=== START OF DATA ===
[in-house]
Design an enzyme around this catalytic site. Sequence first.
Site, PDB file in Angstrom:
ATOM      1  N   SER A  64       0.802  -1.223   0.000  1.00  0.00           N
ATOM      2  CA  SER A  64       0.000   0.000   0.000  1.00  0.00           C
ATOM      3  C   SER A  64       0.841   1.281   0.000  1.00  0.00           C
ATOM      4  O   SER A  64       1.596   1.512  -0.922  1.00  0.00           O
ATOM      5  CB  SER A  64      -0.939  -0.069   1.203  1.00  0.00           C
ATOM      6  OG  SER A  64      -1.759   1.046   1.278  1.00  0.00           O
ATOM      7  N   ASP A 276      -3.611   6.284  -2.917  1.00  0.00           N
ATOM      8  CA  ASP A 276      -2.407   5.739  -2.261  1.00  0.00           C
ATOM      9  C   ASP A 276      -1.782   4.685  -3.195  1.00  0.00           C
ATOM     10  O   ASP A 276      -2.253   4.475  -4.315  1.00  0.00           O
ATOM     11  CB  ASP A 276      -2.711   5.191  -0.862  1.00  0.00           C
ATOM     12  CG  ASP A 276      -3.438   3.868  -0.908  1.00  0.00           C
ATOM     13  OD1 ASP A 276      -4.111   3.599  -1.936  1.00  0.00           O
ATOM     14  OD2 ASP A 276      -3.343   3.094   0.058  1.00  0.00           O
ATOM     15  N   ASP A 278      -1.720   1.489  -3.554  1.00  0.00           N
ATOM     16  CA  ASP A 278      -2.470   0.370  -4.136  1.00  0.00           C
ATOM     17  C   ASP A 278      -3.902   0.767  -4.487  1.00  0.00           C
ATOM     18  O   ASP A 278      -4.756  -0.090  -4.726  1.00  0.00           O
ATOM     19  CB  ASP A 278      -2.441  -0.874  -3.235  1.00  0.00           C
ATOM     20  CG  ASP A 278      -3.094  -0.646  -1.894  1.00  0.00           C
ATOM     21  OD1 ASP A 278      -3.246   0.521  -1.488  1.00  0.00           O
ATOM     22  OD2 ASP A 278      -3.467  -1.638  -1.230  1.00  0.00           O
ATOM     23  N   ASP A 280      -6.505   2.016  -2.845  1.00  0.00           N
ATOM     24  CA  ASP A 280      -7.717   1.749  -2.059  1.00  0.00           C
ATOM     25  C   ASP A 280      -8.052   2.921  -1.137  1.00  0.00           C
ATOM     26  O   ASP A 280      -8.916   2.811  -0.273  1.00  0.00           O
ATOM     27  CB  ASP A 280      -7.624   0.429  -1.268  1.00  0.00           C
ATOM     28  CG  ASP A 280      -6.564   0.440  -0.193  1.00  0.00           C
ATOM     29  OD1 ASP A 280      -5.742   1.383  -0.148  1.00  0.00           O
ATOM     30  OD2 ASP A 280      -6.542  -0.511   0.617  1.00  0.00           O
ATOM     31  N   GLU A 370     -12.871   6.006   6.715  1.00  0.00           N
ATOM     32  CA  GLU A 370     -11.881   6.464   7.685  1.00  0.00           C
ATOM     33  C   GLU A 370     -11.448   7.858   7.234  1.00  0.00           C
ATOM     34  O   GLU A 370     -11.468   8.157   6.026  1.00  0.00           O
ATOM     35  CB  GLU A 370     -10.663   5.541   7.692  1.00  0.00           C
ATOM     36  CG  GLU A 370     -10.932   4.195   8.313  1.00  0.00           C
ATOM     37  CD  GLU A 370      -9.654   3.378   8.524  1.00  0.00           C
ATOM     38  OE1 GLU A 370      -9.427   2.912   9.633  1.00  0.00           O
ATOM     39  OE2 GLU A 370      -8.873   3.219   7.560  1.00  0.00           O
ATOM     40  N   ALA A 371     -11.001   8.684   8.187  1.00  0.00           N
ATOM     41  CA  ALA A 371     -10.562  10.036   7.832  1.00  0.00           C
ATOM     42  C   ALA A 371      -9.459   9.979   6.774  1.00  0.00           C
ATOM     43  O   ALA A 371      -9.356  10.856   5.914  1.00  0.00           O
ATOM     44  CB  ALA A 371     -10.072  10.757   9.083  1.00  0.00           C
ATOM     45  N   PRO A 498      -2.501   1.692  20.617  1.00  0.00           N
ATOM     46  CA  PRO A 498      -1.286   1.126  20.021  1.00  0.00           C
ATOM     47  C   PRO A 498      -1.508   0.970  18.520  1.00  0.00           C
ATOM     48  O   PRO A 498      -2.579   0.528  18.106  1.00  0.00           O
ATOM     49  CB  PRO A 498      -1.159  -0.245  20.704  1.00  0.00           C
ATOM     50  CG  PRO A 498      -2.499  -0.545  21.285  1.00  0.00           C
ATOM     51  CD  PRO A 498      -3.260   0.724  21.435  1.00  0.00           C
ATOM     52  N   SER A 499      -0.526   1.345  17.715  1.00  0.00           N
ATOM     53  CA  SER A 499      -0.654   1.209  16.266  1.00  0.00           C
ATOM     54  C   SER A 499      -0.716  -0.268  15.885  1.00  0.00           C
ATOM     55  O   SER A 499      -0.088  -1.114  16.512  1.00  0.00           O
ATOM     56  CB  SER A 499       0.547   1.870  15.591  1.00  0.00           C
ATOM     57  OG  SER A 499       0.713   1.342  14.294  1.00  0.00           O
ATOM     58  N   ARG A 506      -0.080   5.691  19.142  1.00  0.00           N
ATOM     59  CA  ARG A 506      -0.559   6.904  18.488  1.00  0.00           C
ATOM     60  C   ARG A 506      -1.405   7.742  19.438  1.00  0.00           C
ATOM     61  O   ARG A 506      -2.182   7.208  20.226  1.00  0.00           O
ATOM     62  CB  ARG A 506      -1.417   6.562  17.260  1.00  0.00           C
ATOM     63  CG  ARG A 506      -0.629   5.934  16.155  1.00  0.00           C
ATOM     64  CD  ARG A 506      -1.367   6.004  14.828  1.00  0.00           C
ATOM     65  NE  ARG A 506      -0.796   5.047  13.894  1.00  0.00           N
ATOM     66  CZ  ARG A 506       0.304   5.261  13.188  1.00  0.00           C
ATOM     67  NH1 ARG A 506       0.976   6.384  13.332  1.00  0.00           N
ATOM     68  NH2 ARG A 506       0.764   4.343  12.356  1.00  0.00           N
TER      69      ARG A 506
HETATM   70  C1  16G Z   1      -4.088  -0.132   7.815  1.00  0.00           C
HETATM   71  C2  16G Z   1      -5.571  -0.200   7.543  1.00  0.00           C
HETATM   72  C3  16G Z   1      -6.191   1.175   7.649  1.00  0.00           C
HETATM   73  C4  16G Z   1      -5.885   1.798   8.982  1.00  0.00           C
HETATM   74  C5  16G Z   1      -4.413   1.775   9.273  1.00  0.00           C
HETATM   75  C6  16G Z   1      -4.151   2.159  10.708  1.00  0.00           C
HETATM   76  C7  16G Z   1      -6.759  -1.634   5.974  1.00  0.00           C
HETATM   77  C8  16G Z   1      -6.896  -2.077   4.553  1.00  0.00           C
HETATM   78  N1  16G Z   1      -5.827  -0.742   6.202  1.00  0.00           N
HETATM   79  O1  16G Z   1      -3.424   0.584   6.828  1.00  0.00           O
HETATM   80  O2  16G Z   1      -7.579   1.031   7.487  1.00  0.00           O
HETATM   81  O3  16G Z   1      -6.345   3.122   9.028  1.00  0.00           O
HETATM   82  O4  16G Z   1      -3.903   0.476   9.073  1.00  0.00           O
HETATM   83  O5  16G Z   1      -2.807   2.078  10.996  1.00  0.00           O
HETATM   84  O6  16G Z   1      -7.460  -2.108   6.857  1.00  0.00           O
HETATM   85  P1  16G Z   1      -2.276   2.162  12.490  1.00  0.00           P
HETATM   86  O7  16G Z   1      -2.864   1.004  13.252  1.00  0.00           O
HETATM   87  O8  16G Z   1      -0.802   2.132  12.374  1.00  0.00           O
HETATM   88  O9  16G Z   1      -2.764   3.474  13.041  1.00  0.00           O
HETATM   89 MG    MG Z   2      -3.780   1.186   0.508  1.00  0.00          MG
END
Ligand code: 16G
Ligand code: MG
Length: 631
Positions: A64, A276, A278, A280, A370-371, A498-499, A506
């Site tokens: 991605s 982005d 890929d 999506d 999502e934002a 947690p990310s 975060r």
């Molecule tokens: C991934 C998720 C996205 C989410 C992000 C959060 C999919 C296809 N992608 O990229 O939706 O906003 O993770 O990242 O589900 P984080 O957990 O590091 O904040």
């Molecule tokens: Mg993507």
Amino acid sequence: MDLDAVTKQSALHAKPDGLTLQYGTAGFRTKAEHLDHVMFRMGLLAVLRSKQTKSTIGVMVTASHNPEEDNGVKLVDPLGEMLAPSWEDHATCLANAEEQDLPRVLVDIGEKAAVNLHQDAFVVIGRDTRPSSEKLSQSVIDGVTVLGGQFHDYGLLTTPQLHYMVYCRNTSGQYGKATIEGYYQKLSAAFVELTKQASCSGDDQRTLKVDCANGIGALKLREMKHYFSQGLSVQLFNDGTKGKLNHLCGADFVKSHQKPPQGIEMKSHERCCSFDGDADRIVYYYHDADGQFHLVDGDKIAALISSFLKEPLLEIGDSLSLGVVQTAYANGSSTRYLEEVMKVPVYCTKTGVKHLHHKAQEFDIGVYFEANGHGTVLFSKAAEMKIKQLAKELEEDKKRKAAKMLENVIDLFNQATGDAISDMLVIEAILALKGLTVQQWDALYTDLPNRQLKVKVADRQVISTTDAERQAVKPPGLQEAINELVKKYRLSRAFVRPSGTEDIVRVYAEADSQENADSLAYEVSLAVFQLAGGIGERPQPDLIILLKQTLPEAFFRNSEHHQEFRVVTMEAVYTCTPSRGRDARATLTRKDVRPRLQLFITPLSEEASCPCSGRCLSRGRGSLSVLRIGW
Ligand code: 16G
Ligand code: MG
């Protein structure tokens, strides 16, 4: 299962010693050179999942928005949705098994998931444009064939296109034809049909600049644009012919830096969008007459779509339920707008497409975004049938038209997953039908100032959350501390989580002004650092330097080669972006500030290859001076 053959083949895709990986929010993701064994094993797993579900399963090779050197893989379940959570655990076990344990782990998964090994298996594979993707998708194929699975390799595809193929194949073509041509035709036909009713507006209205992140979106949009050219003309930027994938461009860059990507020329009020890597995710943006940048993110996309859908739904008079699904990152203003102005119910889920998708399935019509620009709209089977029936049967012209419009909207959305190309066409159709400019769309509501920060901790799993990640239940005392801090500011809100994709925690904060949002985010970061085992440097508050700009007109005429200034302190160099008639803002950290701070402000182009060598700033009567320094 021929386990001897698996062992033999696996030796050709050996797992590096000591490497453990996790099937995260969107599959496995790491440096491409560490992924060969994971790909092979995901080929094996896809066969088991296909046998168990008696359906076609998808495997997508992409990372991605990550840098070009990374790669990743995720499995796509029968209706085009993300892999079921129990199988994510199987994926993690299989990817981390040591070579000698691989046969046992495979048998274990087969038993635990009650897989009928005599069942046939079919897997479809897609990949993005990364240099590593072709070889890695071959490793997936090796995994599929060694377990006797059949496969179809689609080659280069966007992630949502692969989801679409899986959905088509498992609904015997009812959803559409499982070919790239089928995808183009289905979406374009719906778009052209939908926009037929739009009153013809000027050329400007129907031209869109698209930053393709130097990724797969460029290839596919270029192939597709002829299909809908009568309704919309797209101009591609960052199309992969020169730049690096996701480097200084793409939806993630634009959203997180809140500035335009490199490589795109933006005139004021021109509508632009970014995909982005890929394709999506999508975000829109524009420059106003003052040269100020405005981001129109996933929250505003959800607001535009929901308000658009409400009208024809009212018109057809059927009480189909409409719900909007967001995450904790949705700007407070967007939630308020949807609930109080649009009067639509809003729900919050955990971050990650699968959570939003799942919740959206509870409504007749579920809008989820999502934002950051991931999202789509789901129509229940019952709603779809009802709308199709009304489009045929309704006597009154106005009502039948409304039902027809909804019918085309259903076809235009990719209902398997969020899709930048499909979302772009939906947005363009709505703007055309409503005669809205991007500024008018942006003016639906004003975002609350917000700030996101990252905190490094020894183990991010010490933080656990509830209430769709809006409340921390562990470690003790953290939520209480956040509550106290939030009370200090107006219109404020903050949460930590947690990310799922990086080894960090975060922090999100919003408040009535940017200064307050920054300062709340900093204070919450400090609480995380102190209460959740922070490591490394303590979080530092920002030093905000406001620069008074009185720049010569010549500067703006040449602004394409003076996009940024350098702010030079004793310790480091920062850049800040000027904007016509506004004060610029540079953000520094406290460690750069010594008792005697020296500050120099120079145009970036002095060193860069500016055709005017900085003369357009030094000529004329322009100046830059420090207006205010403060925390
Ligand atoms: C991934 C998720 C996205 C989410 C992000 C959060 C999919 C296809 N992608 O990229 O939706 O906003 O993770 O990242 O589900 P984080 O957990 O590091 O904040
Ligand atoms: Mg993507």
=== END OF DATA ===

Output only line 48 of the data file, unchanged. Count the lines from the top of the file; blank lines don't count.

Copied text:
ATOM     45  N   PRO A 498      -2.501   1.692  20.617  1.00  0.00           N